The People's Guide To Mexico

Red Tape

Crossing the US Border
What Might Happen

by David "El Codo" Eidell
October 2002

Why Is He Typing In My License Plate Number?

 US Customs, created a computer database system in the late 1980's that links every kiosk in every Port of Entry, together so that information could be shared instantly. The computer system was dubbed "Tecs II" and the information collected is categorized, and filed by regional headquarters, and finally information is edited by US Customs (which is a department of the Treasury) in Washington DC.

By noting the time, and place of your entry "Big Brother" can later review this data to see if perhaps a strange or odd pattern emerges. If for instance a Missouri automobile repeatedly enters the US between two and four AM at various entry points and does it often enough, a little "checkmark" is put alongside the vehicle on the screen (actually it is an innocuous sounding "yes") and upon the next entry it would be sent to secondary so that the riddle can be resolved. License numbers of stolen cars are entered into the database and if the car is "flagged" then secondary personnel are forewarned that the vehicle may be hot. As an aside if your car is -ever- stolen in the states and you recover it and then subsequently decide to go to Mexico get a letter from your District Attorney's Office stating that the vehicle was recovered and returned to you. It matters not if the vehicle is registered to John Doe, and Customs finds John Doe driving it, the only instrument that will get you on the road quickly is that letter from the D.A. (the foregoing tip was earned through the school of hard knocks).

What is Secondary Inspsection

Also random cars are "flagged" to go through secondary inspection regardless of what the driver declares or stated as his destination in Mexico. It's best to resign yourself to fifteen minutes of dumb questions and suspicious stares. All Customs Agents want to graduate and become a "Special Agent" and a shortcut on this pathway to the elite ranks is to ferret out a shipment of contraband that the system might have otherwise overlooked. I answer with simple "yes" and "no" answers while realizing that one of the techniques used is to keep the person being suspected off guard. The Golden Rule of US Customs Inspection is to never show the same face twice.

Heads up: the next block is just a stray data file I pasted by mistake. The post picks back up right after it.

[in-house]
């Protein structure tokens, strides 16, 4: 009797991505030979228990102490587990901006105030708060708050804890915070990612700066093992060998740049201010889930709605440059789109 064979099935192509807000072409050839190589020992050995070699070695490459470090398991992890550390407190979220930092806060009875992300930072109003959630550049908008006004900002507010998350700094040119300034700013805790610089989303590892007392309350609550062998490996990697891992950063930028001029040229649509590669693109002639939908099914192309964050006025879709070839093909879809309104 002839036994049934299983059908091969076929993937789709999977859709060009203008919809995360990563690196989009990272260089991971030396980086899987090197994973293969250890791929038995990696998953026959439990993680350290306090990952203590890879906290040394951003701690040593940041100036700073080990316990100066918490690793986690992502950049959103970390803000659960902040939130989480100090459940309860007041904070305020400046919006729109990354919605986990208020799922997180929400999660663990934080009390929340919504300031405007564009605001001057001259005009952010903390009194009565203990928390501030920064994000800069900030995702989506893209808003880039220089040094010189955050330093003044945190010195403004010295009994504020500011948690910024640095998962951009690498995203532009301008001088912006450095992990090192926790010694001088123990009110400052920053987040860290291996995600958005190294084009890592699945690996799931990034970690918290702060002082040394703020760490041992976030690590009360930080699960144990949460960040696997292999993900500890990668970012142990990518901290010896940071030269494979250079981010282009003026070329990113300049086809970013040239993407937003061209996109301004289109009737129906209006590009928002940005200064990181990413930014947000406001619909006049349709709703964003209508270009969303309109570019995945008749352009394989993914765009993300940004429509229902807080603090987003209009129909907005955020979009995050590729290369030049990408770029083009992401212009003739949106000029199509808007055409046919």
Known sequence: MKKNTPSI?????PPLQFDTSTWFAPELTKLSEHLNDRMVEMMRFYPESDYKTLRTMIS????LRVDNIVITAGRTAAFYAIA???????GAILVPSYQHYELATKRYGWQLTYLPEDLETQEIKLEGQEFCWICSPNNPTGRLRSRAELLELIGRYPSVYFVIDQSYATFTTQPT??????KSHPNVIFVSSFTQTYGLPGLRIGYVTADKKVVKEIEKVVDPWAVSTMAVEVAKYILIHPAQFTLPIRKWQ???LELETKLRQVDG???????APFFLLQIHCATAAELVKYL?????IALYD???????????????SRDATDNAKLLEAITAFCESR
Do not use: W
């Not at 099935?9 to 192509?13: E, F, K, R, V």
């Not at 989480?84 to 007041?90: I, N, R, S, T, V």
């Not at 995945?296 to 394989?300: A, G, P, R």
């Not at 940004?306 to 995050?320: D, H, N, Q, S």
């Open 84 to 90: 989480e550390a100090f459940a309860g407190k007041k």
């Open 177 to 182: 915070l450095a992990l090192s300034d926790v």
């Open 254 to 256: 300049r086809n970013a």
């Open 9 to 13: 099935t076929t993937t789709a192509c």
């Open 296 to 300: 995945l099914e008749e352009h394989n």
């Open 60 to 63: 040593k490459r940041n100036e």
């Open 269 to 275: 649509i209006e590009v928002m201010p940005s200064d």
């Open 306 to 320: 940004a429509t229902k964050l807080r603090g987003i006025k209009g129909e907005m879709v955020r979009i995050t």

Here's a sample of a rather intense (Screening) interview (Which would take place in secondary):

"What are you smuggling from Mexico today?"

"Are you really, really, sure that's all you want to declare?"

"What would you say if I told you that we're looking for a car just like yours that was reported to have marijuana inside"

"Do you know that you can be fined two thousand dollars on the spot here today for lying?"

"Now would you mind telling me again where exactly you've been in Mexico and exactly how long you've been outside of the United States?"

"I've inspected a lot of cars and I never see stuff stacked like you've got there unless you're trying to hide something"

Yes I know the above sounds rude, and yes it is a little unsettling to have to go through it. But an intense secondary inspection like the above is almost traumatic if you've had no warning about what to expect. I figure roughly that every two hundred entries will result in a vigorous question and answer session.

The reason that US Customs uses this approach is that they often find drugs and contraband that only an inspection like this can turn up. They figure that ninety percent of the illegal drugs that enters the US is hidden in vehicles that look innocent. And as long as stupid people continue to get busted in those secondary inspections, then the Agents will continue to use "screening" as an option for inspection.

Now for the type of entry conversation that is most likely to happen:

"What are you bringing from Mexico today?"

"Are you a US citizen?"

"Have a nice day"

©1972-2008 by Carl Franz & Lorena Havens